Learning to Dance

Hooked on the two-four sorcery,

bass and drum, dances at St. Jerome’s,

I held up a wall for half an hour

before I could ask the one

whose eyes turned ice to water,

spun home through the dark

between the streetlamp pools of light.

Lost in a trance for a year,

I woke when the plane

bumped down into Luxembourg.

Lost the first day at the hostel,

I took the train to Zurich,

found an old Tolkien

jammed behind the seat,

carried him all the way to here,

hitch-hiked south and crossed

four days later near Chiasso,

rode a box truck into the Dolomites,

traded my boots for a sweater.

The new owner took me

to his family’s stone house,

steep meadows, barn filled with sheep.

For a week I was a shepherd,

combed pastures with the ewes,

saw why I had to go away.

Like a brother, he brought me

back to the road-fork;

I didn’t want to get out,

flatbeds and Fiats all the way to Venice.

Three days later I started again,

no rides past Solesino, evening falling,

I laid in the grass, read

until the dark took it away,

ate the crushed bread and cheese,

slept in the field.

In the morning I sang Creedence,

waited for kindness

danced on the empty road.


Came as Ravens

Cloaks as black as widows

they strut the deck railing,

peer in the windows, leap away,

their shadows stream

across the ferns and rocks.

They come, peck at the doors,

smear saliva on the windows

that dries to a chalky cuneiform.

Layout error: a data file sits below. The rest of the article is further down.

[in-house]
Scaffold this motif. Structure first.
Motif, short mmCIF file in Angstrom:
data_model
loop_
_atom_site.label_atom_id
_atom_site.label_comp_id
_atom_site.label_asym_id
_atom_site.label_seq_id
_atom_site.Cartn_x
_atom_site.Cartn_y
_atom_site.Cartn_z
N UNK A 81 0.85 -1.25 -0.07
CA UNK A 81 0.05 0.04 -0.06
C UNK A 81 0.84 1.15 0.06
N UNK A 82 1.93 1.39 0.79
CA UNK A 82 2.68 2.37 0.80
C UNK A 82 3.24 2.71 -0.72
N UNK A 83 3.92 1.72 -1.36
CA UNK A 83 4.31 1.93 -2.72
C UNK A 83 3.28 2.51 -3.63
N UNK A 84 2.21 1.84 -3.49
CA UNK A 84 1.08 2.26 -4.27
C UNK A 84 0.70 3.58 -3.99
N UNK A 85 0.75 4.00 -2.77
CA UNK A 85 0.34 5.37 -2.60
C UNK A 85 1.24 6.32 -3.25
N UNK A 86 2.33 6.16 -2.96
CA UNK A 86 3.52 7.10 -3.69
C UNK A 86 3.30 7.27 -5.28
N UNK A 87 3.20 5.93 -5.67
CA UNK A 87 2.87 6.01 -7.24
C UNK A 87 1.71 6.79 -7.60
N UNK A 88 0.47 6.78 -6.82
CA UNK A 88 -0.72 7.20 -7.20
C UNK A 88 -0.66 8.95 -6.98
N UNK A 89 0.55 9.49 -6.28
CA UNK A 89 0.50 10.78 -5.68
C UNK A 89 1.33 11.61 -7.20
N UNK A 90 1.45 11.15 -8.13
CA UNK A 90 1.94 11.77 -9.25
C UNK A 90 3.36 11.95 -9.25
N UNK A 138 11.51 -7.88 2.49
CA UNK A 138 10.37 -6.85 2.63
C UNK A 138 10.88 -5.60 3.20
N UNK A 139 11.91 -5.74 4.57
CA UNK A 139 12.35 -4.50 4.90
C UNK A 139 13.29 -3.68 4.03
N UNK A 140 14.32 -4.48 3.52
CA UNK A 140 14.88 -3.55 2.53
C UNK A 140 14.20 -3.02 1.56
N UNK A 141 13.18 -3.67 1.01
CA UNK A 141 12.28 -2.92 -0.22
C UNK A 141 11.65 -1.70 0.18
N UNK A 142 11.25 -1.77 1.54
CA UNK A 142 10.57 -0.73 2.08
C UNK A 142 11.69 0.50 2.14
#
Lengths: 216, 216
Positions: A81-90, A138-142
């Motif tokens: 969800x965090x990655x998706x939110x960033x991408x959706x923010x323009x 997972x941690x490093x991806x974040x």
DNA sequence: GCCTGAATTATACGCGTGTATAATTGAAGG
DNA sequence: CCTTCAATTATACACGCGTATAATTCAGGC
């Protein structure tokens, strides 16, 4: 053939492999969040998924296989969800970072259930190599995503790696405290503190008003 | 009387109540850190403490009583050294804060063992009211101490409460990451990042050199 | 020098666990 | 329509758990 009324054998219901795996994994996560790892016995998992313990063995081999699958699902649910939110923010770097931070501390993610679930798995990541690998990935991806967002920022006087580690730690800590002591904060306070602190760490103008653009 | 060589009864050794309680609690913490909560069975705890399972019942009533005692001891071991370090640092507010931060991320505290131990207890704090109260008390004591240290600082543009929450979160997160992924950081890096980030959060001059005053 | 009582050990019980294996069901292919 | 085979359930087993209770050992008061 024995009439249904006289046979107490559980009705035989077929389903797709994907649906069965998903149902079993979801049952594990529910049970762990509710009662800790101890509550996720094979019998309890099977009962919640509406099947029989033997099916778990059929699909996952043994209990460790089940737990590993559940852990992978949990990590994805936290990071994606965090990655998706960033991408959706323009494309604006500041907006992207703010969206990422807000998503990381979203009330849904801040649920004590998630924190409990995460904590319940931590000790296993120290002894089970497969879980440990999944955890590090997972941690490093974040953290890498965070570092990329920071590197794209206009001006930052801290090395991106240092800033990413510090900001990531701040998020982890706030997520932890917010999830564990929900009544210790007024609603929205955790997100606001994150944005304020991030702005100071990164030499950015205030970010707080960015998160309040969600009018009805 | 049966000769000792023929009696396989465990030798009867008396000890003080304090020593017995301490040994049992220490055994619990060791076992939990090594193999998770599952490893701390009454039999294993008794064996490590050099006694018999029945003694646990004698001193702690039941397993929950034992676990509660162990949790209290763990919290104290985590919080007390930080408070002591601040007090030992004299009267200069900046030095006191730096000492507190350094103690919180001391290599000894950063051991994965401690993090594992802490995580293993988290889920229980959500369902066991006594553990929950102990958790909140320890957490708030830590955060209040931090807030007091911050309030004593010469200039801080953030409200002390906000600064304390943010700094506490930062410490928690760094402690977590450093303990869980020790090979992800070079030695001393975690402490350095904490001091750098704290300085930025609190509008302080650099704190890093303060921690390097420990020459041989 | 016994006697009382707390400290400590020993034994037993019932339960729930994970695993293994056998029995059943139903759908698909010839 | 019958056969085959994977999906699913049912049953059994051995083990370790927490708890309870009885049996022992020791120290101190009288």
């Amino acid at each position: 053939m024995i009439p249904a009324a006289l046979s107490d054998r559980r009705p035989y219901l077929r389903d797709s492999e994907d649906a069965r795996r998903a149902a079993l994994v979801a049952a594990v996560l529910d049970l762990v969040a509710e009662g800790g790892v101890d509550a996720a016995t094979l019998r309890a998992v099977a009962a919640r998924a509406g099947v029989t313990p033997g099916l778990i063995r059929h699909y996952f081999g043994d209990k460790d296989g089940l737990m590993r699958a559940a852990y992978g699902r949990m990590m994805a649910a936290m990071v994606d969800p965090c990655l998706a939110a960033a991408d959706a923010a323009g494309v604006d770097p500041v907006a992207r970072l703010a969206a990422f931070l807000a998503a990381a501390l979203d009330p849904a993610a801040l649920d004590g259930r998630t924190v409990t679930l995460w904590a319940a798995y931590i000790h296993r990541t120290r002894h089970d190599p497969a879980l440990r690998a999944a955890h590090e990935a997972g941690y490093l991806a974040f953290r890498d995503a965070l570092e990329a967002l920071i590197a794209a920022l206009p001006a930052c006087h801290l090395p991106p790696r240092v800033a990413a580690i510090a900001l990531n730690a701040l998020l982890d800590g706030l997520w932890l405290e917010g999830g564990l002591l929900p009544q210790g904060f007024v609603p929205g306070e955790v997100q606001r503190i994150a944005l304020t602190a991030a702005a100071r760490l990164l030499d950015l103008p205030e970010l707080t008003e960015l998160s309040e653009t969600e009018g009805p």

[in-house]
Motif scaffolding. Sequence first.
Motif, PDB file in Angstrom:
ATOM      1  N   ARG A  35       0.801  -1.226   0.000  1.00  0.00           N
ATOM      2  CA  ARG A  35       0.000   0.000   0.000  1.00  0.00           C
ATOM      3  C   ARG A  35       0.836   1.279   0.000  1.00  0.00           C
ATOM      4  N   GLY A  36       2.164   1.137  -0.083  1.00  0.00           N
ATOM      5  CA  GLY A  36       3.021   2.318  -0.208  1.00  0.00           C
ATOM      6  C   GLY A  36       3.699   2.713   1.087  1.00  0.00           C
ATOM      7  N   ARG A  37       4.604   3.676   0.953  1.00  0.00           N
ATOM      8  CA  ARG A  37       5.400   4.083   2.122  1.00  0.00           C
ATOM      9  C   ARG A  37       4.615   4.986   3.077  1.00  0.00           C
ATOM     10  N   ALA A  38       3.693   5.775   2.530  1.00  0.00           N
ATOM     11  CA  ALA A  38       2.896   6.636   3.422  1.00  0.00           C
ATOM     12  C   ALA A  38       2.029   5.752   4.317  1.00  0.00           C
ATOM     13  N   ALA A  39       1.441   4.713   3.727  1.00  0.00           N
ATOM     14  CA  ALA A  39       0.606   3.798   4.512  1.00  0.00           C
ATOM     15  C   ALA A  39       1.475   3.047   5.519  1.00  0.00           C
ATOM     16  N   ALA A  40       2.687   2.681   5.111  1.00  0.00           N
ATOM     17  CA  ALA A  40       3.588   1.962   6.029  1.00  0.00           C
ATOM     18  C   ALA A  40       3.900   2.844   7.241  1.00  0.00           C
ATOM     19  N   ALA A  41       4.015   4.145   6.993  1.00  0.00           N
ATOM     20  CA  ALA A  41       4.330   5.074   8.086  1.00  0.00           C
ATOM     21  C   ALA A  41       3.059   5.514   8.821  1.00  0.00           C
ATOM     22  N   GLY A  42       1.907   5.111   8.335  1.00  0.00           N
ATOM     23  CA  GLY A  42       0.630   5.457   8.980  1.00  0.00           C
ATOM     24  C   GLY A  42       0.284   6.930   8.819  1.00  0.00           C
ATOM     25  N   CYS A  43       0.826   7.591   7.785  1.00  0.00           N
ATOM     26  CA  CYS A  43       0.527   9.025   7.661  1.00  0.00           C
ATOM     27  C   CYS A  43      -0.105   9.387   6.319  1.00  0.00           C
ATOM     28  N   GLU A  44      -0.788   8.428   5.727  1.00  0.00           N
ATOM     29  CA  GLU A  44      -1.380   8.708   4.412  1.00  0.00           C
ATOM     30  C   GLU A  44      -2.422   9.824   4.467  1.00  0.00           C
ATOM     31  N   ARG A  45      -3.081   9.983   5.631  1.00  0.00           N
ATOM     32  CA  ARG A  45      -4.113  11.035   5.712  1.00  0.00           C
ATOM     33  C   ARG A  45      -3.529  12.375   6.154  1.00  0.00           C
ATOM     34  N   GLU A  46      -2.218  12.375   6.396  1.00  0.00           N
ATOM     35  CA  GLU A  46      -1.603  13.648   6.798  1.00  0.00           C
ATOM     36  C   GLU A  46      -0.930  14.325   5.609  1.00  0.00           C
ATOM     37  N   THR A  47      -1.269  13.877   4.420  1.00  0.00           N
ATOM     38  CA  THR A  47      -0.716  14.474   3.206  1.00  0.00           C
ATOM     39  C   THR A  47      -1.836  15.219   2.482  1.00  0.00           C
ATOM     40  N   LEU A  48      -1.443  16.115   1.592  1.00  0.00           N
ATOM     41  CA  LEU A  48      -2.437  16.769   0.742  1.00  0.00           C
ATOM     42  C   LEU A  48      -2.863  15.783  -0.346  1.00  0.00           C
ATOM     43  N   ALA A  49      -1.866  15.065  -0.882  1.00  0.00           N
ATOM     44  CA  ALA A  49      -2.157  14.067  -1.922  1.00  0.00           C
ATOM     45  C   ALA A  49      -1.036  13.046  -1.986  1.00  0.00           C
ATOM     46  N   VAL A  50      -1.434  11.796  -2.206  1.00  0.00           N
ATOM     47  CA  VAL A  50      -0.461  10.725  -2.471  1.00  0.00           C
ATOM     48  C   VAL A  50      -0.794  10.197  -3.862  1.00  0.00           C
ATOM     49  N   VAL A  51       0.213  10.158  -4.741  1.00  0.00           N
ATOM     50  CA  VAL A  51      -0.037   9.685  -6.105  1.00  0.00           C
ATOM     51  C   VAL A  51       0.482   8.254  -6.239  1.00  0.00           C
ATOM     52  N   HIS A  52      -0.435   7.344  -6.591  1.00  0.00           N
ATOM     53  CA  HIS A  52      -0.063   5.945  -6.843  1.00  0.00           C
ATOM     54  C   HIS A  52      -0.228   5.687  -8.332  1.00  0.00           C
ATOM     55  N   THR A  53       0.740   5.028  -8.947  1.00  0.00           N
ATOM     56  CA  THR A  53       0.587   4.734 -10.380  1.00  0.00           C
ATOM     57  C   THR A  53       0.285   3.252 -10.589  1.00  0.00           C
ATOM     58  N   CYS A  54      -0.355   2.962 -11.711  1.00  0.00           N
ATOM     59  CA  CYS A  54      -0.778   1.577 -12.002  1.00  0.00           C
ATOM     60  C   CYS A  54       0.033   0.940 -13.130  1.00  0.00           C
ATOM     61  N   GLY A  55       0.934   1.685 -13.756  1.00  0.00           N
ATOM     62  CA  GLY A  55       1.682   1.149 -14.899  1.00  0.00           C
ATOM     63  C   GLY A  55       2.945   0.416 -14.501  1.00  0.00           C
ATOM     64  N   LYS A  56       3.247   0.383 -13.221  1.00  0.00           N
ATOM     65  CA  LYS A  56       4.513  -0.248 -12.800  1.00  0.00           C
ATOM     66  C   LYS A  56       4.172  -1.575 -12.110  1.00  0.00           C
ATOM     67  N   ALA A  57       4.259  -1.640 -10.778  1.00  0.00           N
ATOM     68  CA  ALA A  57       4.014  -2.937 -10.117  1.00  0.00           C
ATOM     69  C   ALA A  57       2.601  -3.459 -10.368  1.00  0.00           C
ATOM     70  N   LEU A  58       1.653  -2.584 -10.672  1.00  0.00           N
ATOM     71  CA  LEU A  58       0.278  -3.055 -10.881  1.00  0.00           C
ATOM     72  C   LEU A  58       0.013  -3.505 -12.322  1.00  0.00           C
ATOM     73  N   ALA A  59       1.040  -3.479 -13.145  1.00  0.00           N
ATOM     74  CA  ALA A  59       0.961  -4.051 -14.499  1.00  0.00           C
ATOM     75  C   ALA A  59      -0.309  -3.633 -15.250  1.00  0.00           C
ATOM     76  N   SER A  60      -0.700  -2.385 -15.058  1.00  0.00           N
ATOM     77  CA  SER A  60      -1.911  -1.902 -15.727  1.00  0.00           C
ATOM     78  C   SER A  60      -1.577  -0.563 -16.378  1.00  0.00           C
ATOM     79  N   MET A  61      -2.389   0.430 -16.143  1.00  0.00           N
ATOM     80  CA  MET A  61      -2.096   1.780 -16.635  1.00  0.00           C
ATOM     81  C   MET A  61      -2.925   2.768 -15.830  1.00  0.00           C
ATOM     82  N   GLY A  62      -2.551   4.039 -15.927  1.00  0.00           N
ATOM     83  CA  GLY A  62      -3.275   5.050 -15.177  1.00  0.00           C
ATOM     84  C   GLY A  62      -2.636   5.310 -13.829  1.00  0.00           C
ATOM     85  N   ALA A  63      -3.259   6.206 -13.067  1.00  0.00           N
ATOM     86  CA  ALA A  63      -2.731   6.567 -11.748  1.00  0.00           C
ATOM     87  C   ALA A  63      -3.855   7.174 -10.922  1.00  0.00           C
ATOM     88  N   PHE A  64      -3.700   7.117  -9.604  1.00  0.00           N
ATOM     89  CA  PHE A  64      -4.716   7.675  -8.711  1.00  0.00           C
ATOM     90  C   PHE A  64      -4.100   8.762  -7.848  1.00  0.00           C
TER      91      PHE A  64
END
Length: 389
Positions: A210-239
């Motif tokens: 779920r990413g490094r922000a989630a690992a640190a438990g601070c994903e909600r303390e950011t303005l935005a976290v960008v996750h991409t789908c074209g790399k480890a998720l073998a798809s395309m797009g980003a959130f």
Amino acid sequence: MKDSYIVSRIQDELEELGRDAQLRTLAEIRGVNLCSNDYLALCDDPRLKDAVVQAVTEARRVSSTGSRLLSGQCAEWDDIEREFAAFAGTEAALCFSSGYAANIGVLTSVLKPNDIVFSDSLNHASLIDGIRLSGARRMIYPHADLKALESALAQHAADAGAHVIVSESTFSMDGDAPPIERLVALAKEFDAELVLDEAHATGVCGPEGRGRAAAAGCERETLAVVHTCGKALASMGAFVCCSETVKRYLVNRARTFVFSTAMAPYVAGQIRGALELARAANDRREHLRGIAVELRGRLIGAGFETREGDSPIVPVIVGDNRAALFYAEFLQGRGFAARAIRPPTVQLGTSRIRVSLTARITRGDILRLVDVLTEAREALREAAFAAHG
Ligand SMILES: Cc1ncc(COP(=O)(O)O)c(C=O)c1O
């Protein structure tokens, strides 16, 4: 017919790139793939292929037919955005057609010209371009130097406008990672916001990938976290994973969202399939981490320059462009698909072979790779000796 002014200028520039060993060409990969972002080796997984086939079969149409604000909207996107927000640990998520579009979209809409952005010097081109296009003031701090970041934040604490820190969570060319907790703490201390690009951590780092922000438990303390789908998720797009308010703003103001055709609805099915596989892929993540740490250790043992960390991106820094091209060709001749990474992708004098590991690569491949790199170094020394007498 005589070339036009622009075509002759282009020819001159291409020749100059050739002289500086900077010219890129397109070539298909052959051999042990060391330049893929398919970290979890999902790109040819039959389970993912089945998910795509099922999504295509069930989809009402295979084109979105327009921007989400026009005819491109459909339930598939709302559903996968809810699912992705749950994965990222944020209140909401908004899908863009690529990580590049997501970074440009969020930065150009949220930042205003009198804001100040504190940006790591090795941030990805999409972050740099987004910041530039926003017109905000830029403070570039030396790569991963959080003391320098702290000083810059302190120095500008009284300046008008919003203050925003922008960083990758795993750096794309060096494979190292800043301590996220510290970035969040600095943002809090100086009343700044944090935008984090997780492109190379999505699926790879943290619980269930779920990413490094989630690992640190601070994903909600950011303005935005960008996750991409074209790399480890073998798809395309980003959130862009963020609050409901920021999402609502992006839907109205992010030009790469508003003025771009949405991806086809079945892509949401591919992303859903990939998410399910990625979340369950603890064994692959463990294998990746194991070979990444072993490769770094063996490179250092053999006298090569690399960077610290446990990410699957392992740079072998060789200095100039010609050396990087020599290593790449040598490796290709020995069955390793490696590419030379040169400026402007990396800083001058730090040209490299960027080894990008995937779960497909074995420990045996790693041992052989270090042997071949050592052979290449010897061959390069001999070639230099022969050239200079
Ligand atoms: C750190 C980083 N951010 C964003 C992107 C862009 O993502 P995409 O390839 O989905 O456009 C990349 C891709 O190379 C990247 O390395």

When I was small, she’d kneel beside me,

coach the story I couldn’t believe.

But last night, kneeling on the kitchen floor

sweeping up pieces of glass,

dust rolled from under the stove

and her voice came into the air.

They glide from tree to tree,

compile their inventories,

drift over the swath of light

I cut in the crowds of hemlock,

a shrine for the lost opened to the sun,

cast the ashes there like seeds.

The winged mourners scavenge

offerings I lay on the boulders,

a lamb abandoned by her ewe,

stiffened hens tired of winter.

I sit on the porch and sift the past,

see her folded hands,

the raised tracks of skin,

burn scars from the bindery’s vinyl-sealer,

listen to their guttural calls,

the clicked code they chant

high in the dead fir by the lake.


Mark Anthony Burke

Mark Burke’s work has appeared or is forthcoming in the North American Review, Beloit Poetry Journal, Sugar House Review, Nimrod International Journal, and others. His work has recently been nominated for a Pushcart prize. Please see markanthonyburkesongsandpoems.com

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